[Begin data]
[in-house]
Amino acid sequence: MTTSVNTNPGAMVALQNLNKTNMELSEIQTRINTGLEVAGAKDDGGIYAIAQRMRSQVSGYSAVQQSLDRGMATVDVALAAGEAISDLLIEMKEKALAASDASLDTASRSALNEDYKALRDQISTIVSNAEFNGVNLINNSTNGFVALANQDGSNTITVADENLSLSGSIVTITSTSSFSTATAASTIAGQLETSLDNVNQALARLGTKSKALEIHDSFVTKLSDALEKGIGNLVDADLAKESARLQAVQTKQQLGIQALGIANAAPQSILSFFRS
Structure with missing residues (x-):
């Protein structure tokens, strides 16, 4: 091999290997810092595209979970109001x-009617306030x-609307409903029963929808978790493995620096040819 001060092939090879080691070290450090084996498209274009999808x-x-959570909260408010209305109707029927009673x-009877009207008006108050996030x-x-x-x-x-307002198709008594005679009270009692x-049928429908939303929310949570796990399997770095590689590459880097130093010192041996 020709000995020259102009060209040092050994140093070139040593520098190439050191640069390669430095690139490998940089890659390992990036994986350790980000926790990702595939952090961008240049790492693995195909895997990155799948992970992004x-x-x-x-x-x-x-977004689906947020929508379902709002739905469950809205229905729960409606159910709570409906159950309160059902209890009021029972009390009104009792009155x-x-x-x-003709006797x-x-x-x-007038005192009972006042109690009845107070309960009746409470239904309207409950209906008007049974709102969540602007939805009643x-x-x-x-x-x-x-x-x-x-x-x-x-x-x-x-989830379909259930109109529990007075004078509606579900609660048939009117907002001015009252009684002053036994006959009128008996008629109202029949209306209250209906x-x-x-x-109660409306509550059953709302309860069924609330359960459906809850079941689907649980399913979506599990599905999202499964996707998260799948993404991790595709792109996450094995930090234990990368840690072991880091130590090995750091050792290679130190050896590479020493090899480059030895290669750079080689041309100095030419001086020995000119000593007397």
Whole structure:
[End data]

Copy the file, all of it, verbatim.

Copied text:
[in-house]
Amino acid sequence: MTTSVNTNPGAMVALQNLNKTNMELSEIQTRINTGLEVAGAKDDGGIYAIAQRMRSQVSGYSAVQQSLDRGMATVDVALAAGEAISDLLIEMKEKALAASDASLDTASRSALNEDYKALRDQISTIVSNAEFNGVNLINNSTNGFVALANQDGSNTITVADENLSLSGSIVTITSTSSFSTATAASTIAGQLETSLDNVNQALARLGTKSKALEIHDSFVTKLSDALEKGIGNLVDADLAKESARLQAVQTKQQLGIQALGIANAAPQSILSFFRS
Structure with missing residues (x-):
């Protein structure tokens, strides 16, 4: 091999290997810092595209979970109001x-009617306030x-609307409903029963929808978790493995620096040819 001060092939090879080691070290450090084996498209274009999808x-x-959570909260408010209305109707029927009673x-009877009207008006108050996030x-x-x-x-x-307002198709008594005679009270009692x-049928429908939303929310949570796990399997770095590689590459880097130093010192041996 020709000995020259102009060209040092050994140093070139040593520098190439050191640069390669430095690139490998940089890659390992990036994986350790980000926790990702595939952090961008240049790492693995195909895997990155799948992970992004x-x-x-x-x-x-x-977004689906947020929508379902709002739905469950809205229905729960409606159910709570409906159950309160059902209890009021029972009390009104009792009155x-x-x-x-003709006797x-x-x-x-007038005192009972006042109690009845107070309960009746409470239904309207409950209906008007049974709102969540602007939805009643x-x-x-x-x-x-x-x-x-x-x-x-x-x-x-x-989830379909259930109109529990007075004078509606579900609660048939009117907002001015009252009684002053036994006959009128008996008629109202029949209306209250209906x-x-x-x-109660409306509550059953709302309860069924609330359960459906809850079941689907649980399913979506599990599905999202499964996707998260799948993404991790595709792109996450094995930090234990990368840690072991880091130590090995750091050792290679130190050896590479020493090899480059030895290669750079080689041309100095030419001086020995000119000593007397």
Whole structure: